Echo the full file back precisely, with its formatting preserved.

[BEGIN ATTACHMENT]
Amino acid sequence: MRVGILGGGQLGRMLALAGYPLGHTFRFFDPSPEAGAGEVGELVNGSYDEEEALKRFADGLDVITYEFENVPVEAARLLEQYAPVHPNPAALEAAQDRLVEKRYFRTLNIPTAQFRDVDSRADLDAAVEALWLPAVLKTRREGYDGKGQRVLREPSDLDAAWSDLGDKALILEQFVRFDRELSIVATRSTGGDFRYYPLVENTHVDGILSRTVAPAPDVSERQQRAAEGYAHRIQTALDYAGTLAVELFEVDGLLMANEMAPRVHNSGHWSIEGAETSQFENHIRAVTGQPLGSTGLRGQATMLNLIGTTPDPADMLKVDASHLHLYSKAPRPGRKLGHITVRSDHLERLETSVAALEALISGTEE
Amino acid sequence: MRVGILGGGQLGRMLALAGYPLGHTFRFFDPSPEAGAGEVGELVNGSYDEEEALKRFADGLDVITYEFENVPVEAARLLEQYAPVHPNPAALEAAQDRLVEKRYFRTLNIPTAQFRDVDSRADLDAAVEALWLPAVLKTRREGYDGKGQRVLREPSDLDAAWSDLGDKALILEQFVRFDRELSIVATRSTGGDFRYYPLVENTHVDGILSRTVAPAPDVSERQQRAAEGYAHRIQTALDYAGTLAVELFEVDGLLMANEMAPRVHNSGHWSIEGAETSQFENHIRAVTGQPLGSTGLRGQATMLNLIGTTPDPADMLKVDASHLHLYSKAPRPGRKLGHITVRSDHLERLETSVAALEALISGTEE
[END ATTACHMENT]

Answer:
Amino acid sequence: MRVGILGGGQLGRMLALAGYPLGHTFRFFDPSPEAGAGEVGELVNGSYDEEEALKRFADGLDVITYEFENVPVEAARLLEQYAPVHPNPAALEAAQDRLVEKRYFRTLNIPTAQFRDVDSRADLDAAVEALWLPAVLKTRREGYDGKGQRVLREPSDLDAAWSDLGDKALILEQFVRFDRELSIVATRSTGGDFRYYPLVENTHVDGILSRTVAPAPDVSERQQRAAEGYAHRIQTALDYAGTLAVELFEVDGLLMANEMAPRVHNSGHWSIEGAETSQFENHIRAVTGQPLGSTGLRGQATMLNLIGTTPDPADMLKVDASHLHLYSKAPRPGRKLGHITVRSDHLERLETSVAALEALISGTEE
Amino acid sequence: MRVGILGGGQLGRMLALAGYPLGHTFRFFDPSPEAGAGEVGELVNGSYDEEEALKRFADGLDVITYEFENVPVEAARLLEQYAPVHPNPAALEAAQDRLVEKRYFRTLNIPTAQFRDVDSRADLDAAVEALWLPAVLKTRREGYDGKGQRVLREPSDLDAAWSDLGDKALILEQFVRFDRELSIVATRSTGGDFRYYPLVENTHVDGILSRTVAPAPDVSERQQRAAEGYAHRIQTALDYAGTLAVELFEVDGLLMANEMAPRVHNSGHWSIEGAETSQFENHIRAVTGQPLGSTGLRGQATMLNLIGTTPDPADMLKVDASHLHLYSKAPRPGRKLGHITVRSDHLERLETSVAALEALISGTEE